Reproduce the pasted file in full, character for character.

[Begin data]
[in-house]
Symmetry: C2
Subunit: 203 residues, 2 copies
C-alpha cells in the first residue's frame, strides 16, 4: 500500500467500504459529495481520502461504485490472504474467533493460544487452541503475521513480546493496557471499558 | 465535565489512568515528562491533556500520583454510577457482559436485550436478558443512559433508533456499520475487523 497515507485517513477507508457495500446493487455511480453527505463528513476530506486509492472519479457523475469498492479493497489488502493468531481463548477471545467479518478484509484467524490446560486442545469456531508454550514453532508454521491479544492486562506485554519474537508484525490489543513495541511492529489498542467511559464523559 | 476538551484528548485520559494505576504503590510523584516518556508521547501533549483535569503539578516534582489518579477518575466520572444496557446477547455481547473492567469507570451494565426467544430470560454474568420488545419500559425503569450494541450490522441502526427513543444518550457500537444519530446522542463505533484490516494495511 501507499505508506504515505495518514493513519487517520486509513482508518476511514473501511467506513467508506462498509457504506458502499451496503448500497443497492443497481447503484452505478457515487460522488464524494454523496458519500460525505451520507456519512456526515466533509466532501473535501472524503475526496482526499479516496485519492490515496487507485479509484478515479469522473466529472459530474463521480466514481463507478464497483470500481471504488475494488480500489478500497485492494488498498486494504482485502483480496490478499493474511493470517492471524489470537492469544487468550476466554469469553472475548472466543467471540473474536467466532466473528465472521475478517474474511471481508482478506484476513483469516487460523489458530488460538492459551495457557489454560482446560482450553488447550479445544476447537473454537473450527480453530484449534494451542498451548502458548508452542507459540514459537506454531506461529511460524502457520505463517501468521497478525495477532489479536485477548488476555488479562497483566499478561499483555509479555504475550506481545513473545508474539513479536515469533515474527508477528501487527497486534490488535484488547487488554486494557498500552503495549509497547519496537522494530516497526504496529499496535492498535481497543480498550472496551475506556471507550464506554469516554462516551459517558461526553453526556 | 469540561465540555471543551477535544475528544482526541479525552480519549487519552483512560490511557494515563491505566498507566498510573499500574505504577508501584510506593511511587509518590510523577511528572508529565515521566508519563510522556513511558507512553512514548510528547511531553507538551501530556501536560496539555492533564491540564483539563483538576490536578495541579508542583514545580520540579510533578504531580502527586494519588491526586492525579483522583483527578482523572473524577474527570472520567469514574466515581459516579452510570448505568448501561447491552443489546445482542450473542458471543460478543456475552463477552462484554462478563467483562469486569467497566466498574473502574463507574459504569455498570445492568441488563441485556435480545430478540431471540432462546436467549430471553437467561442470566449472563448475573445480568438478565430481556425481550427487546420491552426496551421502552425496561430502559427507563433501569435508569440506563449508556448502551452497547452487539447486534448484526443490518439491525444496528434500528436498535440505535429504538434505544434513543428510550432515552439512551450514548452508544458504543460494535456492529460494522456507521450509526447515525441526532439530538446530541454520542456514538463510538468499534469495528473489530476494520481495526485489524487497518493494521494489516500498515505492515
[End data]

[in-house]
Symmetry: C2
Subunit: 203 residues, 2 copies
C-alpha cells in the first residue's frame, strides 16, 4: 500500500467500504459529495481520502461504485490472504474467533493460544487452541503475521513480546493496557471499558 | 465535565489512568515528562491533556500520583454510577457482559436485550436478558443512559433508533456499520475487523 497515507485517513477507508457495500446493487455511480453527505463528513476530506486509492472519479457523475469498492479493497489488502493468531481463548477471545467479518478484509484467524490446560486442545469456531508454550514453532508454521491479544492486562506485554519474537508484525490489543513495541511492529489498542467511559464523559 | 476538551484528548485520559494505576504503590510523584516518556508521547501533549483535569503539578516534582489518579477518575466520572444496557446477547455481547473492567469507570451494565426467544430470560454474568420488545419500559425503569450494541450490522441502526427513543444518550457500537444519530446522542463505533484490516494495511 501507499505508506504515505495518514493513519487517520486509513482508518476511514473501511467506513467508506462498509457504506458502499451496503448500497443497492443497481447503484452505478457515487460522488464524494454523496458519500460525505451520507456519512456526515466533509466532501473535501472524503475526496482526499479516496485519492490515496487507485479509484478515479469522473466529472459530474463521480466514481463507478464497483470500481471504488475494488480500489478500497485492494488498498486494504482485502483480496490478499493474511493470517492471524489470537492469544487468550476466554469469553472475548472466543467471540473474536467466532466473528465472521475478517474474511471481508482478506484476513483469516487460523489458530488460538492459551495457557489454560482446560482450553488447550479445544476447537473454537473450527480453530484449534494451542498451548502458548508452542507459540514459537506454531506461529511460524502457520505463517501468521497478525495477532489479536485477548488476555488479562497483566499478561499483555509479555504475550506481545513473545508474539513479536515469533515474527508477528501487527497486534490488535484488547487488554486494557498500552503495549509497547519496537522494530516497526504496529499496535492498535481497543480498550472496551475506556471507550464506554469516554462516551459517558461526553453526556 | 469540561465540555471543551477535544475528544482526541479525552480519549487519552483512560490511557494515563491505566498507566498510573499500574505504577508501584510506593511511587509518590510523577511528572508529565515521566508519563510522556513511558507512553512514548510528547511531553507538551501530556501536560496539555492533564491540564483539563483538576490536578495541579508542583514545580520540579510533578504531580502527586494519588491526586492525579483522583483527578482523572473524577474527570472520567469514574466515581459516579452510570448505568448501561447491552443489546445482542450473542458471543460478543456475552463477552462484554462478563467483562469486569467497566466498574473502574463507574459504569455498570445492568441488563441485556435480545430478540431471540432462546436467549430471553437467561442470566449472563448475573445480568438478565430481556425481550427487546420491552426496551421502552425496561430502559427507563433501569435508569440506563449508556448502551452497547452487539447486534448484526443490518439491525444496528434500528436498535440505535429504538434505544434513543428510550432515552439512551450514548452508544458504543460494535456492529460494522456507521450509526447515525441526532439530538446530541454520542456514538463510538468499534469495528473489530476494520481495526485489524487497518493494521494489516500498515505492515